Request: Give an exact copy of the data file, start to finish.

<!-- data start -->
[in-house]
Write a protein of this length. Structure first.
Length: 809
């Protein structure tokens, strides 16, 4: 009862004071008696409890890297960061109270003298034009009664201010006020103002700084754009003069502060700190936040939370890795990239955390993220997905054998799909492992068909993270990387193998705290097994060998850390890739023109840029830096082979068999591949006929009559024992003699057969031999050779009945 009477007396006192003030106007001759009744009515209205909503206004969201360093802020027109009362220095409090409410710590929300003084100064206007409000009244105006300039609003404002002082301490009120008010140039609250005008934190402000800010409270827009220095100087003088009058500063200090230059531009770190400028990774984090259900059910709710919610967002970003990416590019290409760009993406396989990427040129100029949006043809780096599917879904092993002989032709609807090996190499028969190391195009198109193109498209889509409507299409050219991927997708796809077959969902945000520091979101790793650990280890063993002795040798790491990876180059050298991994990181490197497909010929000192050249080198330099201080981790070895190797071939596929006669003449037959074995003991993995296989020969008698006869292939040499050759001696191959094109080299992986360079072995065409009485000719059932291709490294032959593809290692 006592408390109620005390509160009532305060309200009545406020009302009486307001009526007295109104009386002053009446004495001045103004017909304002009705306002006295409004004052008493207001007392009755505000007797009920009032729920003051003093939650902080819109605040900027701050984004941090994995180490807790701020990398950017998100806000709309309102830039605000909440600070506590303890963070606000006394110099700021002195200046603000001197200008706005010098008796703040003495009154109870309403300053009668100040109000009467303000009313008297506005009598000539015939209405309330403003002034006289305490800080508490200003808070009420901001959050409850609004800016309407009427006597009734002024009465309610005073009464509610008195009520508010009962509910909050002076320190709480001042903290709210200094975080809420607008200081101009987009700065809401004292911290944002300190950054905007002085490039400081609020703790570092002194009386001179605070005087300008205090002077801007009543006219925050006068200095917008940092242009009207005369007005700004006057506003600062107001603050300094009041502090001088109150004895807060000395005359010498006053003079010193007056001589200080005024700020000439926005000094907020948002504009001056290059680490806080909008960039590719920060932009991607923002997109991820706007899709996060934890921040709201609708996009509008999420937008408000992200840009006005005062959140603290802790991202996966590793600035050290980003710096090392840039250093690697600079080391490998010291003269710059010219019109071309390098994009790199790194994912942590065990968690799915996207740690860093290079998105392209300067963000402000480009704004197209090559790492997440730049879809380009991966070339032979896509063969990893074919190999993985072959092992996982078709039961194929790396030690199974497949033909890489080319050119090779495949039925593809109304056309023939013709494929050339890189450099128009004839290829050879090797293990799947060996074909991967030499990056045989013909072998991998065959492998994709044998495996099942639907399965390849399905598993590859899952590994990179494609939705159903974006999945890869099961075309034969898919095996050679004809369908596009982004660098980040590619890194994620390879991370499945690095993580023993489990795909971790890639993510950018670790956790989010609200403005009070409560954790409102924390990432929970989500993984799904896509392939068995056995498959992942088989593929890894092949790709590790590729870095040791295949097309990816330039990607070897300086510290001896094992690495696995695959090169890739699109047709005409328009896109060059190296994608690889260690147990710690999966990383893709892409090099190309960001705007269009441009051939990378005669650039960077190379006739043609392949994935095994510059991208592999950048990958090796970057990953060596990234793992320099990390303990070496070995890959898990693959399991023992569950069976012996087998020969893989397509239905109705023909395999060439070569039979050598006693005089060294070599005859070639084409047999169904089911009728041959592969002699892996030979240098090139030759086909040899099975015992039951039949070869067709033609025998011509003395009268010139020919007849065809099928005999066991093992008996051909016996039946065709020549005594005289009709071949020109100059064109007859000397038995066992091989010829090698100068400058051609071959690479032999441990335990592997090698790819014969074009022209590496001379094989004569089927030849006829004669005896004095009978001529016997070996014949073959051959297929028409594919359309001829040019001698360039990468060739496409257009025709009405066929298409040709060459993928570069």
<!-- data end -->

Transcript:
[in-house]
Write a protein of this length. Structure first.
Length: 809
């Protein structure tokens, strides 16, 4: 009862004071008696409890890297960061109270003298034009009664201010006020103002700084754009003069502060700190936040939370890795990239955390993220997905054998799909492992068909993270990387193998705290097994060998850390890739023109840029830096082979068999591949006929009559024992003699057969031999050779009945 009477007396006192003030106007001759009744009515209205909503206004969201360093802020027109009362220095409090409410710590929300003084100064206007409000009244105006300039609003404002002082301490009120008010140039609250005008934190402000800010409270827009220095100087003088009058500063200090230059531009770190400028990774984090259900059910709710919610967002970003990416590019290409760009993406396989990427040129100029949006043809780096599917879904092993002989032709609807090996190499028969190391195009198109193109498209889509409507299409050219991927997708796809077959969902945000520091979101790793650990280890063993002795040798790491990876180059050298991994990181490197497909010929000192050249080198330099201080981790070895190797071939596929006669003449037959074995003991993995296989020969008698006869292939040499050759001696191959094109080299992986360079072995065409009485000719059932291709490294032959593809290692 006592408390109620005390509160009532305060309200009545406020009302009486307001009526007295109104009386002053009446004495001045103004017909304002009705306002006295409004004052008493207001007392009755505000007797009920009032729920003051003093939650902080819109605040900027701050984004941090994995180490807790701020990398950017998100806000709309309102830039605000909440600070506590303890963070606000006394110099700021002195200046603000001197200008706005010098008796703040003495009154109870309403300053009668100040109000009467303000009313008297506005009598000539015939209405309330403003002034006289305490800080508490200003808070009420901001959050409850609004800016309407009427006597009734002024009465309610005073009464509610008195009520508010009962509910909050002076320190709480001042903290709210200094975080809420607008200081101009987009700065809401004292911290944002300190950054905007002085490039400081609020703790570092002194009386001179605070005087300008205090002077801007009543006219925050006068200095917008940092242009009207005369007005700004006057506003600062107001603050300094009041502090001088109150004895807060000395005359010498006053003079010193007056001589200080005024700020000439926005000094907020948002504009001056290059680490806080909008960039590719920060932009991607923002997109991820706007899709996060934890921040709201609708996009509008999420937008408000992200840009006005005062959140603290802790991202996966590793600035050290980003710096090392840039250093690697600079080391490998010291003269710059010219019109071309390098994009790199790194994912942590065990968690799915996207740690860093290079998105392209300067963000402000480009704004197209090559790492997440730049879809380009991966070339032979896509063969990893074919190999993985072959092992996982078709039961194929790396030690199974497949033909890489080319050119090779495949039925593809109304056309023939013709494929050339890189450099128009004839290829050879090797293990799947060996074909991967030499990056045989013909072998991998065959492998994709044998495996099942639907399965390849399905598993590859899952590994990179494609939705159903974006999945890869099961075309034969898919095996050679004809369908596009982004660098980040590619890194994620390879991370499945690095993580023993489990795909971790890639993510950018670790956790989010609200403005009070409560954790409102924390990432929970989500993984799904896509392939068995056995498959992942088989593929890894092949790709590790590729870095040791295949097309990816330039990607070897300086510290001896094992690495696995695959090169890739699109047709005409328009896109060059190296994608690889260690147990710690999966990383893709892409090099190309960001705007269009441009051939990378005669650039960077190379006739043609392949994935095994510059991208592999950048990958090796970057990953060596990234793992320099990390303990070496070995890959898990693959399991023992569950069976012996087998020969893989397509239905109705023909395999060439070569039979050598006693005089060294070599005859070639084409047999169904089911009728041959592969002699892996030979240098090139030759086909040899099975015992039951039949070869067709033609025998011509003395009268010139020919007849065809099928005999066991093992008996051909016996039946065709020549005594005289009709071949020109100059064109007859000397038995066992091989010829090698100068400058051609071959690479032999441990335990592997090698790819014969074009022209590496001379094989004569089927030849006829004669005896004095009978001529016997070996014949073959051959297929028409594919359309001829040019001698360039990468060739496409257009025709009405066929298409040709060459993928570069």